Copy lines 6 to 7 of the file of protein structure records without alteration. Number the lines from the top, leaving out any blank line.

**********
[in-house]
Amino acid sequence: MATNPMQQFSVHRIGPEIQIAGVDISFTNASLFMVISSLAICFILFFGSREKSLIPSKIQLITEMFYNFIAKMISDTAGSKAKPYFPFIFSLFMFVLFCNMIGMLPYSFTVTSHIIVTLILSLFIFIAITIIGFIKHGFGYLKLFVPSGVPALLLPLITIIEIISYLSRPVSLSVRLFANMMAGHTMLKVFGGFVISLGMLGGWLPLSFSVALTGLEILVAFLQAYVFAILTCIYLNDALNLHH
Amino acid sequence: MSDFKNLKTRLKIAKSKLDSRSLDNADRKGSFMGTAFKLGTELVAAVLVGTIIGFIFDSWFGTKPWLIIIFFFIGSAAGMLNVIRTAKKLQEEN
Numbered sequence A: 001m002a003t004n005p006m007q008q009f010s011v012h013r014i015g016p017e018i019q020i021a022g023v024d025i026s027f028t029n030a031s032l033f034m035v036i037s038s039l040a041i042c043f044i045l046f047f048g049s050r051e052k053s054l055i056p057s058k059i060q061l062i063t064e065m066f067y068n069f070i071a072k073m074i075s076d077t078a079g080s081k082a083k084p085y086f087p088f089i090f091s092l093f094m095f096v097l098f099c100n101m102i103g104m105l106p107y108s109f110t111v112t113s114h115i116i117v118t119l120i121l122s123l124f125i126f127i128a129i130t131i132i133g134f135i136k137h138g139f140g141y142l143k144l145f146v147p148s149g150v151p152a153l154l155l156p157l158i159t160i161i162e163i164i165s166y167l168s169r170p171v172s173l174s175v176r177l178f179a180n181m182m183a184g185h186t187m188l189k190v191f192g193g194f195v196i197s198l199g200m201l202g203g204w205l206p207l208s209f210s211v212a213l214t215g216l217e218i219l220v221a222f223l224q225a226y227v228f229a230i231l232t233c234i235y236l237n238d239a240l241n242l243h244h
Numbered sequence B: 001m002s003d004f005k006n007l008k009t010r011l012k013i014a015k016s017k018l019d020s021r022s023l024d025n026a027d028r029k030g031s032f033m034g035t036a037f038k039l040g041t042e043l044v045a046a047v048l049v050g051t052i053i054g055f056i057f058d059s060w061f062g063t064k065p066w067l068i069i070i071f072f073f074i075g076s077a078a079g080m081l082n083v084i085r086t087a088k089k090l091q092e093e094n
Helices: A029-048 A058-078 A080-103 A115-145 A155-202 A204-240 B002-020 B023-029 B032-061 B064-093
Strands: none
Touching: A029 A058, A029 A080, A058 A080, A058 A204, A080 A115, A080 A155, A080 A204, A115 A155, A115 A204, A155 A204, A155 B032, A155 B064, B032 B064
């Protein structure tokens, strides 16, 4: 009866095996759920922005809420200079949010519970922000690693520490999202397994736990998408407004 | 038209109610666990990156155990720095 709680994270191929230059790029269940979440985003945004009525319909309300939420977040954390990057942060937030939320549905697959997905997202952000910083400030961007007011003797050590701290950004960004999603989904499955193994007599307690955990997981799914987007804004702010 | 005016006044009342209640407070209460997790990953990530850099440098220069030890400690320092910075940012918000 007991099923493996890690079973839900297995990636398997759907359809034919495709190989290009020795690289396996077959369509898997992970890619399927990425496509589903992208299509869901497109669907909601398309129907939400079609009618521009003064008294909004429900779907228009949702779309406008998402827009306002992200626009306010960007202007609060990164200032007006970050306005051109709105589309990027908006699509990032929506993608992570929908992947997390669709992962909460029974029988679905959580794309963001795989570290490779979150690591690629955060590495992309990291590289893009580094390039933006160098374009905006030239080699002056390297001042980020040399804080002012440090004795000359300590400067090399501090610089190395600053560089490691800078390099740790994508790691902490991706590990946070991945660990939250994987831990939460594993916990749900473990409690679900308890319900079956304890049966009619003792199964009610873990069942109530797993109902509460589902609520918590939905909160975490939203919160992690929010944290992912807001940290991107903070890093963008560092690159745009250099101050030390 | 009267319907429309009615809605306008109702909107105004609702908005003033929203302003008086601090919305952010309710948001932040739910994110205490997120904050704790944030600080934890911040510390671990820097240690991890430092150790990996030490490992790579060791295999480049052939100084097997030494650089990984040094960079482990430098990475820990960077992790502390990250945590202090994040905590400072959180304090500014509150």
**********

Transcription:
Helices: A029-048 A058-078 A080-103 A115-145 A155-202 A204-240 B002-020 B023-029 B032-061 B064-093
Strands: none